EDS in Depth
Q&A about Ehlers-Danlos Syndromes
by Andrea Julian, EDS patient & support group leader
What are the Ehlers-Danlos Syndromes?
The Ehlers Danlos Syndromes (EDS) are a group of heritable connective tissue disorders generally characterized by poor wound healing, hypermobile joints, and soft velvety skin. There are currently 13 distinctive types of EDS, the most common being Hypermobile Ehlers Danlos Syndrome (hEDS).
Symptoms and complications overlap a lot among the different types of EDS and even other connective tissue disorders such as Marfans Syndrome or Loeys Dietz, therefore it is important to have genetic testing done, when available, to confirm diagnosis. (There is currently no genetic test for hEDS).
What are the symptoms of EDS?
Symptoms vary greatly, even among siblings. Not everyone will have the symptoms listed below, and some will have them worse than others. This is in no way meant to be a complete or perfect list of symptoms, and is not intended for diagnostic purposes.
Joint Hypermobility- subluxations, dislocations, double-jointedness, joint instability, early onset arthritis
Skin hyper-extensibility- soft velvety skin, poor wound healing, severe scarring and easy bruising
Chronic pain- early onset musculoskeletal pain, small fiber neuropathy, fibromyalgia
Organ fragility- uterine and hollow organ rupture
Posture dysfunction- primarily Lordosis, Kyphosis and Scoliosis
TMJ dysfunction- popping, clicking and freezing of jaw as well as facial, ear and head pain
Dysautonomia- typically, but certainly not always, POTS
Gastro-intestinal dysfunction- food intolerances and allergies, gastroparesis, EoE, irritable bowel
Psychological complications- ADHD, depression, anxiety, eating disorders
Poor proprioception- Clumsy, poor balance, fidgety
Cardiovascular- aortic root dilation, Mitral valve prolapse, Raynauds Phenomenon
Mast Cell Activation Disorder- Severe, and sometimes strange, allergic reactions
What are the different types of EDS?
Classical EDS (cEDS) Kyphoscoliotic EDS (kEDS)
Classical like EDS (clEDS) Brittle Cornea Syndrome (BCS
Cardiac Valvular EDS (cvEDS) Spondylosplastic EDS (spEDS)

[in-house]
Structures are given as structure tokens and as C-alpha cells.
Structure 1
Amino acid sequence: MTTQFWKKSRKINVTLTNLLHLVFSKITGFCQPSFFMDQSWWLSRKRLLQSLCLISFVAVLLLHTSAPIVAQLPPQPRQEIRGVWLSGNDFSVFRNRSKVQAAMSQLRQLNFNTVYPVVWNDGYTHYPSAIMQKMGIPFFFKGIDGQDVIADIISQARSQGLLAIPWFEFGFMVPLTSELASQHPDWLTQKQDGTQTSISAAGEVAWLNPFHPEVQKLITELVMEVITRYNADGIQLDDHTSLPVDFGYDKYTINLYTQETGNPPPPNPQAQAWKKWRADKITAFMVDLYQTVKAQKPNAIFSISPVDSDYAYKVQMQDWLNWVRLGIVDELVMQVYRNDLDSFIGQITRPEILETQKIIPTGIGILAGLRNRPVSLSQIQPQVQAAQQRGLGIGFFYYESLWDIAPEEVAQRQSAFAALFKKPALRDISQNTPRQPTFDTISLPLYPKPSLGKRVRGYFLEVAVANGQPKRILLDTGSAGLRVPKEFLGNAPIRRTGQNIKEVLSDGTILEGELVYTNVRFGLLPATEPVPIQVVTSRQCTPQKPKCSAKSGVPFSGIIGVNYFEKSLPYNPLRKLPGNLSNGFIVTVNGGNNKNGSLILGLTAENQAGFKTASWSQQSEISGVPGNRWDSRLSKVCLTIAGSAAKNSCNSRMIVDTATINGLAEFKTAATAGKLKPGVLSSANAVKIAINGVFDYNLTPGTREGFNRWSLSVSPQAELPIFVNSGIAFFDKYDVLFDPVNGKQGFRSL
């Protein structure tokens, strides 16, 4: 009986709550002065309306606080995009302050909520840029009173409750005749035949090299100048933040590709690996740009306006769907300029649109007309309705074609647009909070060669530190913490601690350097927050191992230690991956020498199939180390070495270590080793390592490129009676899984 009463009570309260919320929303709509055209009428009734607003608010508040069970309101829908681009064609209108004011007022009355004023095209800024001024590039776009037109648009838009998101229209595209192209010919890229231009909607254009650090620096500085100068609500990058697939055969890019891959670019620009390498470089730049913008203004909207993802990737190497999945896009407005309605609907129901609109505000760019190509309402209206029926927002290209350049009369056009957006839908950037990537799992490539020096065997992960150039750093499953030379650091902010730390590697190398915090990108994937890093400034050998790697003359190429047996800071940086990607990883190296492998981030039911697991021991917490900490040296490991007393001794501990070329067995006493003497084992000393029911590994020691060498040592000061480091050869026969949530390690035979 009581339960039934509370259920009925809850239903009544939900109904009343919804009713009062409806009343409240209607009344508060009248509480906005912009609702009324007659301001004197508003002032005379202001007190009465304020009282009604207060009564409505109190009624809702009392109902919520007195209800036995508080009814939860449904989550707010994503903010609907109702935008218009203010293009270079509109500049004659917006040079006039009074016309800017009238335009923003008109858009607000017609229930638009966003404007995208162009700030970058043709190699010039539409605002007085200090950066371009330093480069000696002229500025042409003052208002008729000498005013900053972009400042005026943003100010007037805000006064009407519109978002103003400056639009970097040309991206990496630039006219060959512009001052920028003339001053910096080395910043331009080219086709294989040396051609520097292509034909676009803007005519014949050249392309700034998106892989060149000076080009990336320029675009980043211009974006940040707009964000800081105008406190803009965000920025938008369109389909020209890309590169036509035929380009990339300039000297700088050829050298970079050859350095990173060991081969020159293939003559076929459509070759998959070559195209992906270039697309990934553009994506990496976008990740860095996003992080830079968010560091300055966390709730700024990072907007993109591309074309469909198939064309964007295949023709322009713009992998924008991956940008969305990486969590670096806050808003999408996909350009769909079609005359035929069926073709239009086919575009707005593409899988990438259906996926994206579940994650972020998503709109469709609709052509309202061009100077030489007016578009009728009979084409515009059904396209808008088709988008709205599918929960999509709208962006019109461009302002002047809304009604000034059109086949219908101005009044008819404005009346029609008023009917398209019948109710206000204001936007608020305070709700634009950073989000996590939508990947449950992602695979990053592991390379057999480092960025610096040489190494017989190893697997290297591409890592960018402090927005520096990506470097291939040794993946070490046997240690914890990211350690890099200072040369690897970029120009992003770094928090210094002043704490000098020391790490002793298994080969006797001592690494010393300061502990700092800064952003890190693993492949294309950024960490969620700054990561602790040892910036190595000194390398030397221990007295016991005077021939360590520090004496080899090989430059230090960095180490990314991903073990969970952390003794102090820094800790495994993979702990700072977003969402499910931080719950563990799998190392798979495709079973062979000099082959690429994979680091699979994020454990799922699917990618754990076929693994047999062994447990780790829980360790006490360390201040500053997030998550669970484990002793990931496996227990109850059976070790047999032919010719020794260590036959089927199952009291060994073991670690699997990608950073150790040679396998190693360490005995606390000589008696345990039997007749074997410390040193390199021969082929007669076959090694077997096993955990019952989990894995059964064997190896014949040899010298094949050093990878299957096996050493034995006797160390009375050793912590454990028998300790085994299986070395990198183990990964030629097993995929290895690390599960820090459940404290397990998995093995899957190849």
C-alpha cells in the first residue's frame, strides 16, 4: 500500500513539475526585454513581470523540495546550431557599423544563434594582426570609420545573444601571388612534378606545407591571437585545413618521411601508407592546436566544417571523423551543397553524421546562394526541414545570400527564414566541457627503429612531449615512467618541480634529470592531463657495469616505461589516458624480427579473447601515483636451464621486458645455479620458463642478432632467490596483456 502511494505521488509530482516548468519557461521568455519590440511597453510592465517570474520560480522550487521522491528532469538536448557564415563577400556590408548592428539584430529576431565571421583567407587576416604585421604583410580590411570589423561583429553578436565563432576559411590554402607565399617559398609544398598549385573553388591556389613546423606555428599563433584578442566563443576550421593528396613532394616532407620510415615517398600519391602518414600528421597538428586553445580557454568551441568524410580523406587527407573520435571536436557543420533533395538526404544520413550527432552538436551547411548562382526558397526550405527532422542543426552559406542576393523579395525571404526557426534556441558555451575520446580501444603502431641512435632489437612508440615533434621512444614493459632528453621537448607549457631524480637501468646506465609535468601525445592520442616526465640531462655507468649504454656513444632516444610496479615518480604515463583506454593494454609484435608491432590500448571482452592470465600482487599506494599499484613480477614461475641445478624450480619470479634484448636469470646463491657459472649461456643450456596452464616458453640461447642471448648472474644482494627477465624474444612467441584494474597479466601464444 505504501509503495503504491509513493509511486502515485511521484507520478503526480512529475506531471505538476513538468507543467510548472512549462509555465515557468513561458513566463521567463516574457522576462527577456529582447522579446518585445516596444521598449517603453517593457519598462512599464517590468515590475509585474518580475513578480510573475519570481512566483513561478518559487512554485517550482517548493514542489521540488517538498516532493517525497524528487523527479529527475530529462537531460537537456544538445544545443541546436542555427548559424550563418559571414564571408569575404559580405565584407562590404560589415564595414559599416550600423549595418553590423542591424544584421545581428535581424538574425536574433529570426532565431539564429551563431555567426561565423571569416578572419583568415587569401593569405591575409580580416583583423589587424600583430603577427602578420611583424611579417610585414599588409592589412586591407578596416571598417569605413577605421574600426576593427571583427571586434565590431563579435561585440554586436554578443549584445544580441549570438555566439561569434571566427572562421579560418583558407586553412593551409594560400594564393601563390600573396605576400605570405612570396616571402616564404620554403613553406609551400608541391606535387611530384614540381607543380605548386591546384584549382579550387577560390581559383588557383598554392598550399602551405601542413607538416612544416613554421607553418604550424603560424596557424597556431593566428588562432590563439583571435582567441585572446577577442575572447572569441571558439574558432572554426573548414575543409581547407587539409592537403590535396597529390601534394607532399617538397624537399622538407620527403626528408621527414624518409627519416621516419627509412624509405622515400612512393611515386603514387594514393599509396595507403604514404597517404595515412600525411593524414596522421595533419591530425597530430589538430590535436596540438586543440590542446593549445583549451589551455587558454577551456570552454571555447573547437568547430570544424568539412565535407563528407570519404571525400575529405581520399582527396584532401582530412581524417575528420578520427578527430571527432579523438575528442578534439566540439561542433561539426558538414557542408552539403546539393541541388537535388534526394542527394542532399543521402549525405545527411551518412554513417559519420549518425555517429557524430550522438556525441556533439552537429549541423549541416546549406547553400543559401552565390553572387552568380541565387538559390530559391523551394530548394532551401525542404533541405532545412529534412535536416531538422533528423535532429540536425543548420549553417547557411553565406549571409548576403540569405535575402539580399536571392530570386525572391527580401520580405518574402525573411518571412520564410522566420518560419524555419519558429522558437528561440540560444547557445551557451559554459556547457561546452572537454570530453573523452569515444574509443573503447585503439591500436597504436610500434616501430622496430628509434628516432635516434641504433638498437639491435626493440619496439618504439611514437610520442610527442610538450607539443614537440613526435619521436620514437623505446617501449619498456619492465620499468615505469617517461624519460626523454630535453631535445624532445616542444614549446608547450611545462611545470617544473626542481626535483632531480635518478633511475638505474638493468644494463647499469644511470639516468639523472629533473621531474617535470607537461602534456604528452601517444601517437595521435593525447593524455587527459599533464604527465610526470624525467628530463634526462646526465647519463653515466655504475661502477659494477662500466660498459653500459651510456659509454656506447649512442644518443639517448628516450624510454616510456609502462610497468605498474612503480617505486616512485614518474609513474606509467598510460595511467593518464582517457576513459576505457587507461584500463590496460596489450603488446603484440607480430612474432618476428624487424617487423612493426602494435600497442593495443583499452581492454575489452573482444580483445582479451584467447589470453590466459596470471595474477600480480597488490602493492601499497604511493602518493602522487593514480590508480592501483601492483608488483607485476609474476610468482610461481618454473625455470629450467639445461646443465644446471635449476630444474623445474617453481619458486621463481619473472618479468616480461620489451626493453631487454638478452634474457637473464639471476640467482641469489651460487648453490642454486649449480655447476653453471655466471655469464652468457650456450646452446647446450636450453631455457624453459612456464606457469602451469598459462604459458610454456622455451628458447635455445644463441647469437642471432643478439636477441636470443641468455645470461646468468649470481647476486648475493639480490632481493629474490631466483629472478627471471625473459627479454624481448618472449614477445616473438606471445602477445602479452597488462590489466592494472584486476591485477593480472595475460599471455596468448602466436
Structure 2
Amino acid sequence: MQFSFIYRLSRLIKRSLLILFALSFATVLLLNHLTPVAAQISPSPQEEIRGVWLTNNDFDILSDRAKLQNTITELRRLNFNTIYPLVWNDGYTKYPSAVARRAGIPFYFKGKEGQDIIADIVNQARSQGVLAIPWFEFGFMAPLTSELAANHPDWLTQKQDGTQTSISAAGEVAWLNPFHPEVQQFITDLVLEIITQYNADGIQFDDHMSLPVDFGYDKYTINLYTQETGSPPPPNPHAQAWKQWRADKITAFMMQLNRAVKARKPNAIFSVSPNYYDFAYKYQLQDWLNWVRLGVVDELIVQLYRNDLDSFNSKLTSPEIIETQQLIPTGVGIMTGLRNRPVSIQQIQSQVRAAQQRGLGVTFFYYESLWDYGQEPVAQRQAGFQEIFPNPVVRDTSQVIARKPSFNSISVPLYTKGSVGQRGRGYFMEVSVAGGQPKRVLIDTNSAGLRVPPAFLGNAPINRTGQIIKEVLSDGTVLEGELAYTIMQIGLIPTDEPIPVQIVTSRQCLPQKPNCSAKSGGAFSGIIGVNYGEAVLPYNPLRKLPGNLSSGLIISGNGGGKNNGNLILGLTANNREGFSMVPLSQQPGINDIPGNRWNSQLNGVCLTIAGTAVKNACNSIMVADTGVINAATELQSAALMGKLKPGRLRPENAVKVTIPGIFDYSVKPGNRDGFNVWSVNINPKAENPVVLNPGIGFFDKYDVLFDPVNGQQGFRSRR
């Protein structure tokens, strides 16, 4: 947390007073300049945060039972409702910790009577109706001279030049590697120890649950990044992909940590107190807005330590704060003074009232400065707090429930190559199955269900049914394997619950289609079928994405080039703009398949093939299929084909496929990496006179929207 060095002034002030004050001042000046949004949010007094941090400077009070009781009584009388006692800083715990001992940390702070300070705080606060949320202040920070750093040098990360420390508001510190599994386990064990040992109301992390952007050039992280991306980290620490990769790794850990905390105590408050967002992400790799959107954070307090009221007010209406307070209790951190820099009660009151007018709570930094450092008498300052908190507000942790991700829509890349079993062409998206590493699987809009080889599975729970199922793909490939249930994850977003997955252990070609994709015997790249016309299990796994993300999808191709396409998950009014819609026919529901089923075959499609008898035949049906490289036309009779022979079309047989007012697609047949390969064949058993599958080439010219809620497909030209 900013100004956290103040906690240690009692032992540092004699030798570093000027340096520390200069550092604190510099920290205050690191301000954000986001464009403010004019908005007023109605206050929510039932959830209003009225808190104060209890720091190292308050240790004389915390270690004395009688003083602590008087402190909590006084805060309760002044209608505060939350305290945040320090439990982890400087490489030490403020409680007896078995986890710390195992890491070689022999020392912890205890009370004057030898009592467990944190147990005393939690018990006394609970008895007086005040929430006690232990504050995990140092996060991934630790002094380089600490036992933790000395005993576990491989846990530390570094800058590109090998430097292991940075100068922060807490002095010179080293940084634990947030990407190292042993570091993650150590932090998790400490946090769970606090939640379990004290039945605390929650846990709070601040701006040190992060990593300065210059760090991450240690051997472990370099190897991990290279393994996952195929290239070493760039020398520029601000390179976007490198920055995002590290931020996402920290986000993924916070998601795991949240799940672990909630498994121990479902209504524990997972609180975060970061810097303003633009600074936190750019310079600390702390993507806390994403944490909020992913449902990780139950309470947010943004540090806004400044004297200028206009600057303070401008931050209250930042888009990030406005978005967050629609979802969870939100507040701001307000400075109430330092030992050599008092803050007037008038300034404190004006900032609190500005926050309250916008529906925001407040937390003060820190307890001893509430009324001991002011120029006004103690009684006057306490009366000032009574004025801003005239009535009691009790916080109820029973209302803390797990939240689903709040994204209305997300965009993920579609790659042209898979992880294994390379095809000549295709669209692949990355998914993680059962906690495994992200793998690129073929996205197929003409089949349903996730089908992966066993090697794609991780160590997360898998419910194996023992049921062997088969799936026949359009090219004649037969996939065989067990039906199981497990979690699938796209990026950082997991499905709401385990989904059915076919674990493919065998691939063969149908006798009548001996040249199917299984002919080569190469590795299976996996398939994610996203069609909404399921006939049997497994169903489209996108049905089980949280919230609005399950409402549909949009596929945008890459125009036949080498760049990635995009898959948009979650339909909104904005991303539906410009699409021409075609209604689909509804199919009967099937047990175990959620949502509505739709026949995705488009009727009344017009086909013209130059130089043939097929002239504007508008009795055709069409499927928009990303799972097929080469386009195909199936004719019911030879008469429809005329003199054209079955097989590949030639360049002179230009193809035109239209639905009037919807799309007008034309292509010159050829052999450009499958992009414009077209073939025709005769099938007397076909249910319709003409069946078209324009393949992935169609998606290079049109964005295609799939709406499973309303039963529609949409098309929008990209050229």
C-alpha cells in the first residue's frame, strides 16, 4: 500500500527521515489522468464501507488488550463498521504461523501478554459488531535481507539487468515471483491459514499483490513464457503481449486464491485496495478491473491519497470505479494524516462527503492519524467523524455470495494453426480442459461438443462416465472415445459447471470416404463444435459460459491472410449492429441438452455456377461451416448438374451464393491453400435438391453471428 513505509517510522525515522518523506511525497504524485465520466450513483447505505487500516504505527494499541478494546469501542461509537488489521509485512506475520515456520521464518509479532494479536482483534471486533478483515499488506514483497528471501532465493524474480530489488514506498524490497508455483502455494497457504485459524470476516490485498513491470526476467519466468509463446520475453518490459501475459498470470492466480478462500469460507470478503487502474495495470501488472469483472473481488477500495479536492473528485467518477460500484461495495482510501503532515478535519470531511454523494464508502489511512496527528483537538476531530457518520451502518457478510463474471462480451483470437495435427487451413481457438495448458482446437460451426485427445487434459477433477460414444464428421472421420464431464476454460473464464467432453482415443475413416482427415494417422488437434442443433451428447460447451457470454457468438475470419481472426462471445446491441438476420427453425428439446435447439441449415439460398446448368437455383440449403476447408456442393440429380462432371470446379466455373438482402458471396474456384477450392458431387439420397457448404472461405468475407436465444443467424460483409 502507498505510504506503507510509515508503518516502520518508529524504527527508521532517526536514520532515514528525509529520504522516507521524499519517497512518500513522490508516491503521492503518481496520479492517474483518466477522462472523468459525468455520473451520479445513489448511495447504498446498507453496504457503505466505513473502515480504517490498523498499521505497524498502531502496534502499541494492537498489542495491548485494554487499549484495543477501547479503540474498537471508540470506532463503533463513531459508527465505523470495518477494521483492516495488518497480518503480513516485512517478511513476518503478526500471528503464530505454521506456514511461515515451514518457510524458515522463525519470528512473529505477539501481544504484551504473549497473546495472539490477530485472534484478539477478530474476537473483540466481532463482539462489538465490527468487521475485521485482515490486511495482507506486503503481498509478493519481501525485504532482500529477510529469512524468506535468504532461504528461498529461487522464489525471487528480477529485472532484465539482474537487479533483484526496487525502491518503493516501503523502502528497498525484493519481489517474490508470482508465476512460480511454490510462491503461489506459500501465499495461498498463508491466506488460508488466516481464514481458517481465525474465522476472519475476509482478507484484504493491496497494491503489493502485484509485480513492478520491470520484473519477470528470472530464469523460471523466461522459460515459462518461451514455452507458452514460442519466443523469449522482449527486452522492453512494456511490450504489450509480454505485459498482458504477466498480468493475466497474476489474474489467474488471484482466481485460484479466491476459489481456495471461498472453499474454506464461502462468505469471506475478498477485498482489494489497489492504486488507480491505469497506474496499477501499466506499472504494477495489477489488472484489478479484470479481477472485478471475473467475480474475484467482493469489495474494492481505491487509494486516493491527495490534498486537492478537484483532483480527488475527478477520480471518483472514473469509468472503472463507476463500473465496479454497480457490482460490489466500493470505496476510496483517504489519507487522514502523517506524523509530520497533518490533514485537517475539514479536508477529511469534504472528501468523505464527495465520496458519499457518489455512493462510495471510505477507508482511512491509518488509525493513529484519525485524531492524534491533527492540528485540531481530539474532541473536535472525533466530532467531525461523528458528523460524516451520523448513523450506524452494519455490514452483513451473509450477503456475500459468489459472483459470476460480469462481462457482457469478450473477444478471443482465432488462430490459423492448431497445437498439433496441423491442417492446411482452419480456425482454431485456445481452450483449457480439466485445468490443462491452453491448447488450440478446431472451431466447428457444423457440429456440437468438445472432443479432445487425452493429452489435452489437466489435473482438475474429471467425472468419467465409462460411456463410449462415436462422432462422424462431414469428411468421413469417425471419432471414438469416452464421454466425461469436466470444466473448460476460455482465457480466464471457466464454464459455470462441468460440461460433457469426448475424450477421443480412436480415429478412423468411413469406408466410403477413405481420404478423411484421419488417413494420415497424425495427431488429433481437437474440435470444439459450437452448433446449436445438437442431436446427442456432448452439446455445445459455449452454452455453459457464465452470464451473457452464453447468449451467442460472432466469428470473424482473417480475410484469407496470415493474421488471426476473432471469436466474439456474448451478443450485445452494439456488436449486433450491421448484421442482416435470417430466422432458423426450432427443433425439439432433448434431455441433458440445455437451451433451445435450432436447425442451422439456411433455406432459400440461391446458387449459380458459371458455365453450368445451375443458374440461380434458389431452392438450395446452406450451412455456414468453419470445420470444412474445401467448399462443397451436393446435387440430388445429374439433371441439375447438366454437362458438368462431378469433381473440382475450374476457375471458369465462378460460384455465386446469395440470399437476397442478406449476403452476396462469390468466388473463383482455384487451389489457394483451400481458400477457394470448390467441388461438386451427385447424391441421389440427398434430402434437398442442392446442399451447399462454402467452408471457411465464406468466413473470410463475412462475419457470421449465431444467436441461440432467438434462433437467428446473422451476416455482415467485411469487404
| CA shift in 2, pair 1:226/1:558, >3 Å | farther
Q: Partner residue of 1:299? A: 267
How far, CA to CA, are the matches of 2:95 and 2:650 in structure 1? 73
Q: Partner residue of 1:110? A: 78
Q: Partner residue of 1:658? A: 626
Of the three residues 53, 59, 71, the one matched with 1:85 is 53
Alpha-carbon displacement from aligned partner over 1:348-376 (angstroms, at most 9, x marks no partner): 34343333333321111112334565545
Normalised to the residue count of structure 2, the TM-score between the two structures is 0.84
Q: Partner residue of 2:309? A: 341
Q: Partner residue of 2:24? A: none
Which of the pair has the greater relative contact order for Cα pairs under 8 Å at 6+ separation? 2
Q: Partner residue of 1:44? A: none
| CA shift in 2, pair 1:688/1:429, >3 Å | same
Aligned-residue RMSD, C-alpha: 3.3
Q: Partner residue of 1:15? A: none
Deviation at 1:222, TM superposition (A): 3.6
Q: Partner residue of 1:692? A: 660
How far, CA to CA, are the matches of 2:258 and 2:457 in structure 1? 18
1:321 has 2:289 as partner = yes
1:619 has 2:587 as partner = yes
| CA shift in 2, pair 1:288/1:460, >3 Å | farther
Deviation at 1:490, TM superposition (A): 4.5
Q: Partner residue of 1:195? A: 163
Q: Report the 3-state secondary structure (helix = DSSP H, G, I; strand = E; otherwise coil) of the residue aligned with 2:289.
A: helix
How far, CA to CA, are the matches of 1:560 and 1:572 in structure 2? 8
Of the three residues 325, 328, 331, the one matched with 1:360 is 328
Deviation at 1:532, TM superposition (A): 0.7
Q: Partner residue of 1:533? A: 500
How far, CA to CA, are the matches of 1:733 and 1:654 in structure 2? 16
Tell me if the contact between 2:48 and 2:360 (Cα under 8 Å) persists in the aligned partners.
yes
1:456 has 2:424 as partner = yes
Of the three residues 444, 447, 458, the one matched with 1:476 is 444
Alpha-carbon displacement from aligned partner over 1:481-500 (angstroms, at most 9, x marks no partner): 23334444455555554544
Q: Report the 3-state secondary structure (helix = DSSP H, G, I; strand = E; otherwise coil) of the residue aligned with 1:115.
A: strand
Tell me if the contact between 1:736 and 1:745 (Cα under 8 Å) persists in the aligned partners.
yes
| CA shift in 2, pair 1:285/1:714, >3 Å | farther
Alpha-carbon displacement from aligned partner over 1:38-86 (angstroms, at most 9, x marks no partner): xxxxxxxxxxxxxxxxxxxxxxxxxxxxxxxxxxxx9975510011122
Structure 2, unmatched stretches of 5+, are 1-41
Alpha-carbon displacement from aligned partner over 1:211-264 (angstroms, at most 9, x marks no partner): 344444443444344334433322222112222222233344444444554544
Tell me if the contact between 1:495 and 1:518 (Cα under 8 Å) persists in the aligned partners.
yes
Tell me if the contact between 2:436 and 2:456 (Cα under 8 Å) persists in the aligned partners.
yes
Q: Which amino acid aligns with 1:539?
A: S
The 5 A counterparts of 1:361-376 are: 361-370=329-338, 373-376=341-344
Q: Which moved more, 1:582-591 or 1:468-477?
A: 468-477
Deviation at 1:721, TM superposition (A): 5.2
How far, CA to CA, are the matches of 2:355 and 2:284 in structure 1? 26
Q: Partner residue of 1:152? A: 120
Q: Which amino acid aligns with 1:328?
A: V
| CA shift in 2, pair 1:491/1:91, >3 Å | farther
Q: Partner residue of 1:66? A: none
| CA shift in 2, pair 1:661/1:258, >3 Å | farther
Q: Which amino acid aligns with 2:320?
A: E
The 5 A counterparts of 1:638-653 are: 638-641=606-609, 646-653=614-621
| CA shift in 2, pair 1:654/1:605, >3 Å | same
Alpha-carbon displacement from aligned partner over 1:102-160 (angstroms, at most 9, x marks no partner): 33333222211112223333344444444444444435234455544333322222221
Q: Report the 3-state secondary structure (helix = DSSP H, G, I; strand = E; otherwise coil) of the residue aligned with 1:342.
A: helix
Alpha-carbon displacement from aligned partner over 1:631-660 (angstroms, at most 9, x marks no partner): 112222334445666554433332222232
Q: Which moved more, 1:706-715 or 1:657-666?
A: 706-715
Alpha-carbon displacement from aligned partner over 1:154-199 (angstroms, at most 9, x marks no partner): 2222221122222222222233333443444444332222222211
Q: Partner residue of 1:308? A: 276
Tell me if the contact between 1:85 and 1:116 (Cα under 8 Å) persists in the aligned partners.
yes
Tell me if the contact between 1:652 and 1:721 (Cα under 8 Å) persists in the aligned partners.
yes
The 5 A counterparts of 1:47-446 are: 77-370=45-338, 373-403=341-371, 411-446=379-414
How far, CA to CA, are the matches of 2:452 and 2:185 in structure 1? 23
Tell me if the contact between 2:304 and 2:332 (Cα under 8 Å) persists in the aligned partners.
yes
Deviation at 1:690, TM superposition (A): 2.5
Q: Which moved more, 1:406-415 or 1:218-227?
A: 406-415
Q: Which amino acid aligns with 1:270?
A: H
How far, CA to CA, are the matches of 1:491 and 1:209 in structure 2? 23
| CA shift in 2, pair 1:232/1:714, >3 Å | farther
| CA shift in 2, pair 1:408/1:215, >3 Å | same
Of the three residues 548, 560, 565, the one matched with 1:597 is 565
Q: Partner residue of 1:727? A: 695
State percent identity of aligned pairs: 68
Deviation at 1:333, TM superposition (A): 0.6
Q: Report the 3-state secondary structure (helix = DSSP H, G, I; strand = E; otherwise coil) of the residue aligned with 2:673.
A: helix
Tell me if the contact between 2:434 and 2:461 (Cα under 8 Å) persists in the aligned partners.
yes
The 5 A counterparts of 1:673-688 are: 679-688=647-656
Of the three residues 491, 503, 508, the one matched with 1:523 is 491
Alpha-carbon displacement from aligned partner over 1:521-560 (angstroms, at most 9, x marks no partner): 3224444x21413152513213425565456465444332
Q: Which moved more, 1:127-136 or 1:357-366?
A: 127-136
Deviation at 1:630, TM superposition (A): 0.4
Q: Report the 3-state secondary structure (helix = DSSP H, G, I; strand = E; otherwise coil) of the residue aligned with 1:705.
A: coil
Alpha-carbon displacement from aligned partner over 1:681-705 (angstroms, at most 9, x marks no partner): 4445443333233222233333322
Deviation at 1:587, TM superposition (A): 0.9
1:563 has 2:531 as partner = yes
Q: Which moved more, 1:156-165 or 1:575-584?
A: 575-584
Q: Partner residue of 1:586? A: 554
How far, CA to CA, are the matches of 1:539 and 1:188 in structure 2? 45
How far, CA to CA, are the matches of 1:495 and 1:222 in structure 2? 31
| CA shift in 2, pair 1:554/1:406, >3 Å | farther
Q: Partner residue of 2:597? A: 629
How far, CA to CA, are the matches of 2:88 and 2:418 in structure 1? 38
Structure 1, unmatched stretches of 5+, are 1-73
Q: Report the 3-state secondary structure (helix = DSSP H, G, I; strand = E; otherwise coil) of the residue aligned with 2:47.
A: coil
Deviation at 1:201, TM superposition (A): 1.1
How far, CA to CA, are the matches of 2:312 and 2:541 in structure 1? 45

Myopathic EDS (mEDS) Arthrochalasia EDS (aEDS)
Periodontal EDS (pEDS) Dermatosparaxis EDS (dEDS)
Vascular EDS (vEDS) Musculocontractural EDS (mcEDS)
Hypermobile EDS (hEDS)
All listed types of EDS, except for hEDS, have a known genetic basis
Is there a cure?
There is currently no cure for EDS but it is extremely important to manage your symptoms properly and take precautions as needed. Many treatments are available to help with the different symptoms of EDS, such as Physical, Occupational and Psychiatric therapies. Optimized nutrition and a corrective exercise program designed specifically for hypermobility, lack of proprioception and muscle dysfunction are beneficial as well. Specialists such as cardiologists, pain management specialists, neurologists and orthopedic surgeons are needed by some patients. It is also helpful to have a primary care doctor willing to facilitate your needs and manage your care plan.
Why the Zebra?
Doctors are often trained to “think horses, not zebras, when you hear hoof beats”. Horses being a common disease (arthritis, the flu, etc). A zebra representing the less expected possibility (EDS, Marfans, etc). Although EDS isn’t as rare as once thought, the Zebra has remained the mascot.
What is Hypermobility Spectrum Disorder
Hypermobility Spectrum Disorder, HSD, was introduced at the 2017 EDS Consortium to assist in the diagnostic process of hEDS and ensure proper care of those suffering a disorder with no known genetic marker. With the addition HSD it is now easier for family physicians to make the diagnosis without need of a specialist. It will also help to get patients proper care without an EDS diagnosis. The spectrum ranges from hypermobile with no symptoms, to full blown hypermobile EDS.
Types of HSD
Generalized HSD- General joint hypermobility with little to no other symptoms
Peripheral HSD- Joint hypermobility is primarily found in the hands and feet, with 1-2 other manifestations
Localized HSD- Hypermobility in a single joint or group of joints
Historical HSD- Hypermobility that was present earlier in life but without a positive Beighton Score now. This could be due to arthritis or corrective surgeries.
Generalized, Peripheral and Localized HSD can all be asymptomatic.
Is Ehlers-Danlos Syndrome rare – or just rarely diagnosed?
Only 5% of Ehlers-Danlos Syndrome (EDS) sufferers are correctly diagnosed*. It’s been estimated that EDS affects more than 1 in 5,000 people worldwide. But, experts think that’s conservative. Each year in the US, 650,000* additional sufferers are un-diagnosed or misdiagnosed due to physician oversight or lack of knowledge about EDS. (*Estimate is according to a study in the UK by Dr. Rodney Grahame.)
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